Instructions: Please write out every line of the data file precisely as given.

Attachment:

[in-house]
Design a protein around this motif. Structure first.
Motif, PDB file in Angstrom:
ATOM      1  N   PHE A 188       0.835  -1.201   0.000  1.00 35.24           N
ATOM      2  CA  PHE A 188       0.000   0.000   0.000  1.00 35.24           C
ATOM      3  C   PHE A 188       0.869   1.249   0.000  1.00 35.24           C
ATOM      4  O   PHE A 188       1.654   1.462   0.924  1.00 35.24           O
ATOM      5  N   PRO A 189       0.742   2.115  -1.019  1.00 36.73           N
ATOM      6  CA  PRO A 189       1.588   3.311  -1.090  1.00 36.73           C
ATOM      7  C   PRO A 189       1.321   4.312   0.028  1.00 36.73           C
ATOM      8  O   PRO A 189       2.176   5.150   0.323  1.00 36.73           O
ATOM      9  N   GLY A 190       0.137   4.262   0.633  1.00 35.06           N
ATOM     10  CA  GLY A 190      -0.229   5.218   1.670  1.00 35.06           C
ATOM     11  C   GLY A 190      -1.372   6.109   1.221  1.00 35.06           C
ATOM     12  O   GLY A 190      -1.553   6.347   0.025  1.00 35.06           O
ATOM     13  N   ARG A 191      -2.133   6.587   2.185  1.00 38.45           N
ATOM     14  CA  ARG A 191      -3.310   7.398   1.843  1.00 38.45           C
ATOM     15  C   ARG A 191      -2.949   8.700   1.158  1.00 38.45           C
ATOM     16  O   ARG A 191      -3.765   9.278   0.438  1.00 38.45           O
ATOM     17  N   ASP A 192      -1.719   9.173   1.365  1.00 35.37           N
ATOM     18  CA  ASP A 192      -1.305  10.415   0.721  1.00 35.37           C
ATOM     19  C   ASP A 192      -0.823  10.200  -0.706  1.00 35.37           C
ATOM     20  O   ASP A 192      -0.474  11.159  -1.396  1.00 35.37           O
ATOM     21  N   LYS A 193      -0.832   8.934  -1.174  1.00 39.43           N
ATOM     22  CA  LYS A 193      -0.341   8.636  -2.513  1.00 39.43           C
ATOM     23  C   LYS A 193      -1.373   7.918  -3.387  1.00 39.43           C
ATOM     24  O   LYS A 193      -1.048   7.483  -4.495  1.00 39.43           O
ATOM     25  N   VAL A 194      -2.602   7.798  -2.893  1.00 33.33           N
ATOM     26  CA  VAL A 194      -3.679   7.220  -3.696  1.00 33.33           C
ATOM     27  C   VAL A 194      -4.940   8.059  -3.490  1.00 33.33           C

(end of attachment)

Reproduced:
[in-house]
Design a protein around this motif. Structure first.
Motif, PDB file in Angstrom:
ATOM      1  N   PHE A 188       0.835  -1.201   0.000  1.00 35.24           N
ATOM      2  CA  PHE A 188       0.000   0.000   0.000  1.00 35.24           C
ATOM      3  C   PHE A 188       0.869   1.249   0.000  1.00 35.24           C
ATOM      4  O   PHE A 188       1.654   1.462   0.924  1.00 35.24           O
ATOM      5  N   PRO A 189       0.742   2.115  -1.019  1.00 36.73           N
ATOM      6  CA  PRO A 189       1.588   3.311  -1.090  1.00 36.73           C
ATOM      7  C   PRO A 189       1.321   4.312   0.028  1.00 36.73           C
ATOM      8  O   PRO A 189       2.176   5.150   0.323  1.00 36.73           O
ATOM      9  N   GLY A 190       0.137   4.262   0.633  1.00 35.06           N
ATOM     10  CA  GLY A 190      -0.229   5.218   1.670  1.00 35.06           C
ATOM     11  C   GLY A 190      -1.372   6.109   1.221  1.00 35.06           C
ATOM     12  O   GLY A 190      -1.553   6.347   0.025  1.00 35.06           O
ATOM     13  N   ARG A 191      -2.133   6.587   2.185  1.00 38.45           N
ATOM     14  CA  ARG A 191      -3.310   7.398   1.843  1.00 38.45           C
ATOM     15  C   ARG A 191      -2.949   8.700   1.158  1.00 38.45           C
ATOM     16  O   ARG A 191      -3.765   9.278   0.438  1.00 38.45           O
ATOM     17  N   ASP A 192      -1.719   9.173   1.365  1.00 35.37           N
ATOM     18  CA  ASP A 192      -1.305  10.415   0.721  1.00 35.37           C
ATOM     19  C   ASP A 192      -0.823  10.200  -0.706  1.00 35.37           C
ATOM     20  O   ASP A 192      -0.474  11.159  -1.396  1.00 35.37           O
ATOM     21  N   LYS A 193      -0.832   8.934  -1.174  1.00 39.43           N
ATOM     22  CA  LYS A 193      -0.341   8.636  -2.513  1.00 39.43           C
ATOM     23  C   LYS A 193      -1.373   7.918  -3.387  1.00 39.43           C
ATOM     24  O   LYS A 193      -1.048   7.483  -4.495  1.00 39.43           O
ATOM     25  N   VAL A 194      -2.602   7.798  -2.893  1.00 33.33           N
ATOM     26  CA  VAL A 194      -3.679   7.220  -3.696  1.00 33.33           C
ATOM     27  C   VAL A 194      -4.940   8.059  -3.490  1.00 33.33           C